For the first time Ancient Rites recorded at Spacelab Studio, Germany with producers/engineers Oliver Philipps and Christian Moos with Jan Yrlund co-producing. “Fatherland” comes with an overly polished digital production that sacrifices bottom-end heaviness, crunch and weight for modern sheen, sterility and depthless clarity. The bass guitar, a sturdy but unremarkable presence on previous outings, can be made out but it is often buried under the crunchy guitars and keyboard flourishes.  A bass guitar tone such as on “Symbolic” by Death, or as on “Utopia Banished” by Napalm Death would have worked wonders for this record. The drum production is a mixed bag with the toms and snares sounding clean whereas the kickdrums are utterly impotent and reduced to mere typewriter clicks. While the various parts of the drum kit sound better than before they don’t sound very commanding. Couple this with the adequate but often buried bass guitar tone “Fatherland” sounds pristine but also kind of flat. The lack of any concrete bottom-end heaviness, either through usage of a more pronounced and weighty bass guitar or massive kickdrums, robs the effort of its intended visceral impact.

Complementing the improved musicianship and more ambitious compositions are more striking and better realized visuals. In terms of photography and layout “Fatherland” is a step up from the times of “The Diabolic Serenades” and “Blasfemia Eternal”. For this session the artwork was taken from a canvas by Belgian painter Jean-Léon Huens. Huens’ art was already commissioned earlier on “Blasfemia Eternal”, but Huens artwork fits seamlessly with the band’s historical and ancient Europe concept. “Fatherland” is a commendable return for a band that underwent a major line-up change. Its subsequent stylistic transformation is pulled off far more gracious than most. Even though this is a farcry from the previous two albums “Fatherland” offers a wider palette of styles and sounds – and even the overwhelming keyboards have their charms. At this point Ancient Rites had become an epic traditional metal band, and their sound had become so much more powerful and engrossing in spite of losing the violent underground charm of its early phase. As a transitional record “Fatherland” sees the successful transformation of a crude death/black metal trio into something altogether more interesting. Despite the lyrical and musical changes Ancient Rites lost none of its character, which is never evident when a major line-up shift occured as was the case with this record.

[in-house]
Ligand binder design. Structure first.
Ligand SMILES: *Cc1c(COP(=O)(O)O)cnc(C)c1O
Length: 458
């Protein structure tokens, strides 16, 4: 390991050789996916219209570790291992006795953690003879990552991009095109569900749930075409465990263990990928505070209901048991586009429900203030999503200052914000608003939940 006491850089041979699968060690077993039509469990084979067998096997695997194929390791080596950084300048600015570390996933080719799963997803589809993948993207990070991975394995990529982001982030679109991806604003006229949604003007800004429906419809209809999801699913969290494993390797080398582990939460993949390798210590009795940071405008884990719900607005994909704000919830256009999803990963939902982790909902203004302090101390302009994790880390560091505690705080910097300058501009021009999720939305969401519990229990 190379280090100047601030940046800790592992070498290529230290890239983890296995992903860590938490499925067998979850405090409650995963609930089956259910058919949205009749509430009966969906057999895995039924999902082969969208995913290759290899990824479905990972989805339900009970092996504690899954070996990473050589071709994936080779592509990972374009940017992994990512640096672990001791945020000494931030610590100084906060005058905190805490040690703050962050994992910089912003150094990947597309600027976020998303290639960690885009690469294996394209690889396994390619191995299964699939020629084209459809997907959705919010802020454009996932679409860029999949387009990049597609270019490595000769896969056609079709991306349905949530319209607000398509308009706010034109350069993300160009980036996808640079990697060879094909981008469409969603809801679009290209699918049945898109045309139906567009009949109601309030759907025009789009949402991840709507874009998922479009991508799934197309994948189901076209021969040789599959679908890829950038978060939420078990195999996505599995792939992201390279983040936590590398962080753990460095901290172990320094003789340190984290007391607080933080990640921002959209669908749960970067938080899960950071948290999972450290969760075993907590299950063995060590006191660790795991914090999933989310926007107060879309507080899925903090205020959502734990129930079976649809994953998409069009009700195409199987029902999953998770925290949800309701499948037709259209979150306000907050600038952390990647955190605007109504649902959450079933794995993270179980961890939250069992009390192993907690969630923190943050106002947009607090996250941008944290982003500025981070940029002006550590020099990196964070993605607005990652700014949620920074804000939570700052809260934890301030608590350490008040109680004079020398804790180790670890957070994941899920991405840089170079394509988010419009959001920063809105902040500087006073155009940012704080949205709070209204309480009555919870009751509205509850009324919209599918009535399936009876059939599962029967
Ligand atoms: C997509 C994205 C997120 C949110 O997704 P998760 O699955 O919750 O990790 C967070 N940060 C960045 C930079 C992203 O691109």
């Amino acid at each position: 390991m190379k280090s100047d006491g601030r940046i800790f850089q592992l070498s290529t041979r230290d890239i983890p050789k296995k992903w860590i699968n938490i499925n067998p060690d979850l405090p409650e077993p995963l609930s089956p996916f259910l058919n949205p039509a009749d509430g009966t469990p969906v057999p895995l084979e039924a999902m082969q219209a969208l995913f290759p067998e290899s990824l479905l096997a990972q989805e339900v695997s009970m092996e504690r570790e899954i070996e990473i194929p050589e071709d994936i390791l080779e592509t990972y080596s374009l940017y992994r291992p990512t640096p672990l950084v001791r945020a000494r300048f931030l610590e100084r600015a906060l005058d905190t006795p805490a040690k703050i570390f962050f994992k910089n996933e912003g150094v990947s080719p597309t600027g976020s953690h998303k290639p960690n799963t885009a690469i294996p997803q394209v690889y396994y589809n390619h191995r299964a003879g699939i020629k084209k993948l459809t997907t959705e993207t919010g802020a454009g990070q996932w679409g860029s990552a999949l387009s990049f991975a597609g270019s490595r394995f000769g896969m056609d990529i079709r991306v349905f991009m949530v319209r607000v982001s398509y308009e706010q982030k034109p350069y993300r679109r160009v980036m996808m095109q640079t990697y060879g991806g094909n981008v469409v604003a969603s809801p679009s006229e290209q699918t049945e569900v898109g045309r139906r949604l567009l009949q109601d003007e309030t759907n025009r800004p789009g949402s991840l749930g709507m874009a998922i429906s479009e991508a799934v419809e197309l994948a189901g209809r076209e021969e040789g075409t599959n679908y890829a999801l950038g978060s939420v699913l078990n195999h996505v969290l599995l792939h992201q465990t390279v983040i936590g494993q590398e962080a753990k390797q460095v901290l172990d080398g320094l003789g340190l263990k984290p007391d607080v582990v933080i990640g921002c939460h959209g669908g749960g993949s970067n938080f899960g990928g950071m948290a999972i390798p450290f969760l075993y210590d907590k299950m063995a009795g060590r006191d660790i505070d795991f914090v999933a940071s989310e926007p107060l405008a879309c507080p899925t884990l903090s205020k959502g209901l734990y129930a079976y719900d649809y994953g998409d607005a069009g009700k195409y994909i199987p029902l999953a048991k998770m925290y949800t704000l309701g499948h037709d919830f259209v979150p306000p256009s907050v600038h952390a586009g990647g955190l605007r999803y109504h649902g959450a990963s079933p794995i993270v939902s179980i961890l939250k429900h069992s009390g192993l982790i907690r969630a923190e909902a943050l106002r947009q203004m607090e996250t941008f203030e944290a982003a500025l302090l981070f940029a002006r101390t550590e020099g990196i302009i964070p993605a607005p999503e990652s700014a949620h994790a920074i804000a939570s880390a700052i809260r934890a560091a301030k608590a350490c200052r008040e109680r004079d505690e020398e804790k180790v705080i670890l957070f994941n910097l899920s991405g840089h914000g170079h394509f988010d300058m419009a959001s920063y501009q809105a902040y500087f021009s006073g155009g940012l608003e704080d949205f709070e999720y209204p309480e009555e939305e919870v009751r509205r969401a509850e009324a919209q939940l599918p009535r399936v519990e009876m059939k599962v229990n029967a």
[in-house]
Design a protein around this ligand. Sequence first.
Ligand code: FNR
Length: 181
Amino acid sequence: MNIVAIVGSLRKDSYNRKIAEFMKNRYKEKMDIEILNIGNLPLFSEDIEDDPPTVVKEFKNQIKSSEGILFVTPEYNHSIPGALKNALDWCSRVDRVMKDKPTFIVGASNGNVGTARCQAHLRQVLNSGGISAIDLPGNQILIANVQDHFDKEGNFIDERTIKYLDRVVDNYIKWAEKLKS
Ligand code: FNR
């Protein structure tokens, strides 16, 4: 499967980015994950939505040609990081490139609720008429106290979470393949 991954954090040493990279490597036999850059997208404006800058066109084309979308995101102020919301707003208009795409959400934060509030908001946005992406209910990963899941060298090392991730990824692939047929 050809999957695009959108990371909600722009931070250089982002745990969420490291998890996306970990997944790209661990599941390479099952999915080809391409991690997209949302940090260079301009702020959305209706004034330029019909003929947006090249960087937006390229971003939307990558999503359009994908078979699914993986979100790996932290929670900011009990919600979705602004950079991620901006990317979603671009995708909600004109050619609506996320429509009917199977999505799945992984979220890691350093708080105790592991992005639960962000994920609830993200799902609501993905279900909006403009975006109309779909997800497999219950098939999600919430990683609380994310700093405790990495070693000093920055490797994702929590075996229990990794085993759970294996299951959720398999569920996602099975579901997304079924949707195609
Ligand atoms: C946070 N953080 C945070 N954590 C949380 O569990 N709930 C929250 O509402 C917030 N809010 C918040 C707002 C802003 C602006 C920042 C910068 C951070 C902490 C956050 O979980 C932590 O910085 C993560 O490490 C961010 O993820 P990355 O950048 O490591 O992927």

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On its second album Ancient Rites embraced a wider palette sonically. Whereas “The Diabolic Serenades” was a somewhat corny tribute to all of bands that influenced them, this record finally sees them unlocking their real potential. Boosted by an earthy and crunchy production “Blasfemia Eternal” sees the band progressing in leaps and bounds. The debut of Gunther Theys’ now patented vocal style and additional instrumentation make the record surprisingly atmospheric. Especially compared to the emergent Norsecore subbranch of Scandinavian black metal that was winning in popularity at the time. Drawing inspiration from a variety of metal genres “Blasfemia Eternal” is the last truly extreme Ancient Rites record, as after this they would embark into more melodic and epic power metal territory with the two subsequent albums that followed.

ancient-rites“Blasfemia Eternal” is very much a darker death metal album, and thus closer related to Marduk’s “Dark Endless” and Death’s “Leprosy” than to the expected icons Hellhammer, Venom and Bathory. In terms of construction it follows the template of “Leprosy” while the choice of riffs and chord progressions, albeit more angular and mechanical, recall Sepultura’s “Beneath the Remains”. As far as expressiveness and dynamic scope is concerned it is similar to Dead Head’s 1993 album “Dream Deceiver”. Instead of copying what the Scandinavian forebears of the genre were doing at the time Ancient Rites draws from an earlier period of underground metal, especially in terms of riffing and solos. In that sense Ancient Rites is closer related to early forms of death -, and thrash metal than the obvious inspirations of the then-nascent black metal scene in Scandinavia. The album is black metal in spirit, vocal stylings and subject matter – but from a pure musical perspective “Blasfemia Eternal” refuses to follow the standards of the time.